IBAHRI welcomes High Court order against South Africa’s exit from the ICC

The International Bar Association’s Human Rights Institute (IBAHRI) welcomes the ruling by South Africa’s North Gauteng High Court ordering the Government to revoke its notice of withdrawal from the International Criminal Court (ICC).

On Wednesday 22 February, the High Court, based in Pretoria, struck down the Government’s notice of withdrawal as unconstitutional, finding it to be in breach of section 231 of South Africa’s Constitution which pertains to international agreements. The court ruled that the notice was invalid because the Government had not sought approval from Parliament before its issuance.

IBAHRI Co-Chair Ambassador (ret.) Hans Corell said: ‘It is heartening to see South Africa’s judiciary exercise its function as a check on the powers of the executive and in defence of the rule of law. It is now for the nation’s government to respect the High Court’s interpretation of the Constitution of the Republic of South Africa that the Government requires approval from the National Assembly for, not only the formation of international agreements, but also their dissolution. Bearing in mind South Africa’s signing of the revised protocol of the Southern Africa Development Community Tribunal, which takes away individual access and the human rights jurisdiction of this regional court, and unsettling signs from nations such as Burundi and Namibia stating they too wish to withdraw from the ICC, the High Court’s decision is all the more significant in protecting the work of this important institution.’

The Government of South Africa notified the UN of its intention to withdraw from the ICC in October 2016 following a disagreement with the Court in 2015. The dispute was caused when the Government was ordered by South Africa’s High Court to arrest President Omar al-Bashir of Sudan, for whom the ICC had issued an arrest warrant for alleged war crimes. The government permitted President Al Bashir to leave the country despite a High Court ruling prohibiting him from leaving the country pending a final decision on his arrest warrant. As a signatory to the Rome Statute South Africa had an obligation to comply with the ICC’s ruling as well as a national obligation to respect rulings handed down by an independent court, as is the High Court.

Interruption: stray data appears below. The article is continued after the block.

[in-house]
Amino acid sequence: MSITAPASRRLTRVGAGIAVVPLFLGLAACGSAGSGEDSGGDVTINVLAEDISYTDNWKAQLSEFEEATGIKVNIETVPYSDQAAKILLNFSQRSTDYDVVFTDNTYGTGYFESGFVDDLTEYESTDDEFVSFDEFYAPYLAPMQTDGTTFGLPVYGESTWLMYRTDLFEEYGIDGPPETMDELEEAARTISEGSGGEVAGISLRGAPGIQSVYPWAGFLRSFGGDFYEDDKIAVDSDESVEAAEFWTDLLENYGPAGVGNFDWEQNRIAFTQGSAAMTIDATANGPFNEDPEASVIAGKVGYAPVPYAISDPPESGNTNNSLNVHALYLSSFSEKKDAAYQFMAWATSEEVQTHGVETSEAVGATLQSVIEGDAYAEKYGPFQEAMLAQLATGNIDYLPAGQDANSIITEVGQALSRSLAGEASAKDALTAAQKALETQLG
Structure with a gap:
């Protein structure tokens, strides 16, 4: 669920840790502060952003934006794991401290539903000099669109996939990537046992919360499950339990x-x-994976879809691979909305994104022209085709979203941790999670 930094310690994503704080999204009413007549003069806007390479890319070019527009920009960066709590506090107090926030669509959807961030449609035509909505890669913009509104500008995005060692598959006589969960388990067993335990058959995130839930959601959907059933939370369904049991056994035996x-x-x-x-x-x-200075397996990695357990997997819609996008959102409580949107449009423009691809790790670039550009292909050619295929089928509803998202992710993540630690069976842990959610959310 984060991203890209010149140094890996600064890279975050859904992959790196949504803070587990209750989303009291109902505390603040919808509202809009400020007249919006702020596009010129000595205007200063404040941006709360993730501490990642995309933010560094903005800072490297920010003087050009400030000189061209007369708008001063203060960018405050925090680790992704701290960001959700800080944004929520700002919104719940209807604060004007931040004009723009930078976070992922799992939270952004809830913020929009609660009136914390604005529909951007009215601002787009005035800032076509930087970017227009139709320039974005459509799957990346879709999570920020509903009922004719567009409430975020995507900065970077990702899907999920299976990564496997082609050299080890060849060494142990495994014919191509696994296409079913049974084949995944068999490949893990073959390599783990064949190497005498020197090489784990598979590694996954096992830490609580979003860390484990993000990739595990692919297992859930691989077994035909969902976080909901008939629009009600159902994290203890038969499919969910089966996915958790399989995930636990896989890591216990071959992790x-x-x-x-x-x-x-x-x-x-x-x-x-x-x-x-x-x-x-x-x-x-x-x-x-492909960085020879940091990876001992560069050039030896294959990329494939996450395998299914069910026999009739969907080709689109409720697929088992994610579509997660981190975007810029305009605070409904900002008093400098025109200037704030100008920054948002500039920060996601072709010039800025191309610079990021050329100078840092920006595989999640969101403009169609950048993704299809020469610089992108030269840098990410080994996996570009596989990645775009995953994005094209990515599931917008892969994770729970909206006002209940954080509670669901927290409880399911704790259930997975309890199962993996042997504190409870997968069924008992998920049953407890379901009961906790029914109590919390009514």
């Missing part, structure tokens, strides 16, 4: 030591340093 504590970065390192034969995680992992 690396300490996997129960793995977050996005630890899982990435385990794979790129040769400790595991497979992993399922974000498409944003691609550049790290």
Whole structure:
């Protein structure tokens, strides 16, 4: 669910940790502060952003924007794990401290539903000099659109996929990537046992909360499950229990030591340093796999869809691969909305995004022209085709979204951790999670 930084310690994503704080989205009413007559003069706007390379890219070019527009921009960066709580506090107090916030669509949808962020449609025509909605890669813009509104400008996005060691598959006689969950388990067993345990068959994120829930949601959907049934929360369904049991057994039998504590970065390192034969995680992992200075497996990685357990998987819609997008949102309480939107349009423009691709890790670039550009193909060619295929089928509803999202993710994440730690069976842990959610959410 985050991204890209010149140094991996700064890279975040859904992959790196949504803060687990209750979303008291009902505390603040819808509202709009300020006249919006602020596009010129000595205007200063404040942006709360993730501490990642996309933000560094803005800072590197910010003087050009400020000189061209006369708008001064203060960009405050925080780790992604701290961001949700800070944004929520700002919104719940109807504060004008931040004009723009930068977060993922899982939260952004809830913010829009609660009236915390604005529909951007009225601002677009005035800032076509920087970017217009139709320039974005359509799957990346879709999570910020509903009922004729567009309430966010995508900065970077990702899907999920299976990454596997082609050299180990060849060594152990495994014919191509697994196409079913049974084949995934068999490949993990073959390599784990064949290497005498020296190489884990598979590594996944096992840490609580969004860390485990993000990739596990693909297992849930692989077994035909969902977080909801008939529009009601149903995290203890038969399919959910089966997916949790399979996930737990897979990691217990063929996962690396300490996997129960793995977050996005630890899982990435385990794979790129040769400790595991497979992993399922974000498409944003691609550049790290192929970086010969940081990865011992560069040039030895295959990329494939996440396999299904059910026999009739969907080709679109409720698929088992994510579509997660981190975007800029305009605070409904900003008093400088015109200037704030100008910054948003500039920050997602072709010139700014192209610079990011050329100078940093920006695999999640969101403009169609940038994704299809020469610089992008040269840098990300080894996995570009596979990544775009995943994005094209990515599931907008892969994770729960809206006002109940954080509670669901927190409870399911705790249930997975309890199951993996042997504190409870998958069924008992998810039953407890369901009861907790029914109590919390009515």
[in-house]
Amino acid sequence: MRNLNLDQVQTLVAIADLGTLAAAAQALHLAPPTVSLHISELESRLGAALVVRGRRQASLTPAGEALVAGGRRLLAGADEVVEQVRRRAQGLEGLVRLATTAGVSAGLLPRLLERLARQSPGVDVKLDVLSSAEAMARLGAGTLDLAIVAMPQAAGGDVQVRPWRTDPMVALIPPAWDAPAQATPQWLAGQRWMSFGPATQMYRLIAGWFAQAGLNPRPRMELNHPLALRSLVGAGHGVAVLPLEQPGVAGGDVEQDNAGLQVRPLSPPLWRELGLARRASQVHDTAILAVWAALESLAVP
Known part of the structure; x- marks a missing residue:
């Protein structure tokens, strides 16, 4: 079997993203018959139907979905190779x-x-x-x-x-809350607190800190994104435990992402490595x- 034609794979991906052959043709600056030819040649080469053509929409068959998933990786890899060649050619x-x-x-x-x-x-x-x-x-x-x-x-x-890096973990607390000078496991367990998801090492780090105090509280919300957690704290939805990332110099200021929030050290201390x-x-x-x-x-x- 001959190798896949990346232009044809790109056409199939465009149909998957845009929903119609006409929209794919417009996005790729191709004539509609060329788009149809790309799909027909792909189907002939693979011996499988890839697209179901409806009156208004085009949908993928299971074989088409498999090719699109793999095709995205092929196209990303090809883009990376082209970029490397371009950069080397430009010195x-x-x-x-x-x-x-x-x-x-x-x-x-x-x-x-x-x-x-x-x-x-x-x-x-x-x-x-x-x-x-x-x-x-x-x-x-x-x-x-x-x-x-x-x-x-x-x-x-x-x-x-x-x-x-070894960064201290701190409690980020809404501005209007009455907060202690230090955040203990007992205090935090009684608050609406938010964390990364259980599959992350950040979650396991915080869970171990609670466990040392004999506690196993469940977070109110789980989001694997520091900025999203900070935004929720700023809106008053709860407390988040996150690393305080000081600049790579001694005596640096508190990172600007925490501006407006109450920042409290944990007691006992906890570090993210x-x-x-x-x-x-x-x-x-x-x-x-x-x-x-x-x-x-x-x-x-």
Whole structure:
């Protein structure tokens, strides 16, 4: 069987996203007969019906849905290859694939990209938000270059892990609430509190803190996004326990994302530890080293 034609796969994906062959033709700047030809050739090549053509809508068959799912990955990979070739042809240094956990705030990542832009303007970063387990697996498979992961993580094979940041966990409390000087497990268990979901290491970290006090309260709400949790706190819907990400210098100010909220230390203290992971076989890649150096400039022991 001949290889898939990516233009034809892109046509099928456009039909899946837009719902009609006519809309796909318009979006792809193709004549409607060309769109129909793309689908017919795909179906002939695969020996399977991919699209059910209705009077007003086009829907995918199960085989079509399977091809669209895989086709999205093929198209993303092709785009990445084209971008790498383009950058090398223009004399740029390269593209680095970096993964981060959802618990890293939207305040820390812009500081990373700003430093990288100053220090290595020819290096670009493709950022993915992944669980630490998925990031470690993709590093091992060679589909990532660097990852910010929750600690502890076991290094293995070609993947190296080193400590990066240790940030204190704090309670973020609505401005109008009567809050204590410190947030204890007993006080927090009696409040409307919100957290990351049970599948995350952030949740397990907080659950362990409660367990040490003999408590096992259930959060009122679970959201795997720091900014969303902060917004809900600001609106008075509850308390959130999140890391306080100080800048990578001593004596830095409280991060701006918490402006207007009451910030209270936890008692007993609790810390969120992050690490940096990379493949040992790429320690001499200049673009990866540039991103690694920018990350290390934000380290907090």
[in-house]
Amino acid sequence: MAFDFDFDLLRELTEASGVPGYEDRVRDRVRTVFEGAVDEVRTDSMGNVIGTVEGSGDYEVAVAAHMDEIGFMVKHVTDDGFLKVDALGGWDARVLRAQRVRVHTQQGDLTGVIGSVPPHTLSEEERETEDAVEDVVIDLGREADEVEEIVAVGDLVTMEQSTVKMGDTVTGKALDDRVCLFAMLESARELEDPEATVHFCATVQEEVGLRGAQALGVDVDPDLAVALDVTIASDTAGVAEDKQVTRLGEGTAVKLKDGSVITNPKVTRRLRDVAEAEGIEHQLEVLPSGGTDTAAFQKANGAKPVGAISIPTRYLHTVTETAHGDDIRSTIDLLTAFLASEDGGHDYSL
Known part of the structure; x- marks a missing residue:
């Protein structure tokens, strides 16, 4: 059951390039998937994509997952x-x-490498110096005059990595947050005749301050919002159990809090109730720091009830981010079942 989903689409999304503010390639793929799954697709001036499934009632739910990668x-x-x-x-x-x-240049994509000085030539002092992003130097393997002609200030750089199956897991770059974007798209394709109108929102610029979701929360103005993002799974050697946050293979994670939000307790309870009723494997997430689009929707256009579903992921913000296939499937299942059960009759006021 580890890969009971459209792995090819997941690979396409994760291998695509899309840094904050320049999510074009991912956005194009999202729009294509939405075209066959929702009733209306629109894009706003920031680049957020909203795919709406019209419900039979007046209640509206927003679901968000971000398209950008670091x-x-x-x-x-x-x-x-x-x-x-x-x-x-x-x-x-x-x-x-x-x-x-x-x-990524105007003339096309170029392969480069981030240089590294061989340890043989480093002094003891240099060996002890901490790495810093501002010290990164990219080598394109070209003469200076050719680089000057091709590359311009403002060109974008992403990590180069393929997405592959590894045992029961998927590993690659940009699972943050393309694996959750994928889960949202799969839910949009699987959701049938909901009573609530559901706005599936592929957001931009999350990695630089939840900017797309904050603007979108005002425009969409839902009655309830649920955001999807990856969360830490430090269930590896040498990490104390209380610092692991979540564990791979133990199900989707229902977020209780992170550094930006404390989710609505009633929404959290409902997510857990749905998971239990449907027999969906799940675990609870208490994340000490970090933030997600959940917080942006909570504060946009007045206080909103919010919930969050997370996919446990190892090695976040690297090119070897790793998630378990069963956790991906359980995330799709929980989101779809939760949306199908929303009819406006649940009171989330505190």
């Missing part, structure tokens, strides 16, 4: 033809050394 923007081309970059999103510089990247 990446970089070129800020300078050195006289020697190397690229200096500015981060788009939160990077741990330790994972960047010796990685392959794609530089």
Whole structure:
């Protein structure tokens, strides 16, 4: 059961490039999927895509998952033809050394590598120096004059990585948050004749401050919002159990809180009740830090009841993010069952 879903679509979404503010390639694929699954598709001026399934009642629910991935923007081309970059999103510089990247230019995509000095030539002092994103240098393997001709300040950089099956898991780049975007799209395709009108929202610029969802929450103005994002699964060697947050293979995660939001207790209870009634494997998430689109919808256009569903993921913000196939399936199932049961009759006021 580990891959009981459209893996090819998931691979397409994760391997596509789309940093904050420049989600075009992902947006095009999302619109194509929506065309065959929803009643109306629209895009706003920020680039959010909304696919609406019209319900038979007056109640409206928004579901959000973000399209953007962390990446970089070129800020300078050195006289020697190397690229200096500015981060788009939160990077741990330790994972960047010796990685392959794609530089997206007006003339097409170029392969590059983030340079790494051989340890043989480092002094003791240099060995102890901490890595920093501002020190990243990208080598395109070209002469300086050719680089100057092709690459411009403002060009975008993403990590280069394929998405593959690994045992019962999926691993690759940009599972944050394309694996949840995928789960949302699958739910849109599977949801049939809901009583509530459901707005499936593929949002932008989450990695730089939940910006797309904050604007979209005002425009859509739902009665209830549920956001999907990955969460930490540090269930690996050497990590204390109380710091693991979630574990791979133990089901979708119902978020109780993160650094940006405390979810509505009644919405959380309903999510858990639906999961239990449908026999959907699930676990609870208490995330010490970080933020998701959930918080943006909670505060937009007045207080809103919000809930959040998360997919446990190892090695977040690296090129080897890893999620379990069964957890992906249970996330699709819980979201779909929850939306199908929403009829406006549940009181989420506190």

The Southern Africa Litigation Centre (SALC) was party to the proceedings which brough about the High Court's decision and sought 'to ensure that the civil society perspective is before the Court and has been acknowledged as a "Supporting Respondent"'. SALC also sought the implementation of the ICC's arrest warrant against President Al-Bashir when he visited South Africa in 2015.

ENDS

Notes to the Editor

  1. The International Bar Association (IBA), established in 1947, is the world’s leading organisation of international legal practitioners, bar associations and law societies. Through its global membership of individual lawyers, law firms, bar associations and law societies it influences the development of international law reform and shapes the future of the legal profession throughout the world.

    The IBA’s administrative office is in London, United Kingdom. Regional offices are located in: São Paulo, Brazil; Seoul, South Korea; and Washington DC, United States, while the International Bar Association’s International Criminal Court and International Criminal Law Programme (ICC & ICL) is managed from an office in The Hague, the Netherlands.

    The International Bar Association’s Human Rights Institute (IBAHRI), an autonomous and financially independent entity, works to promote, protect and enforce human rights under a just rule of law, and to preserve the independence of the judiciary and the legal profession worldwide.

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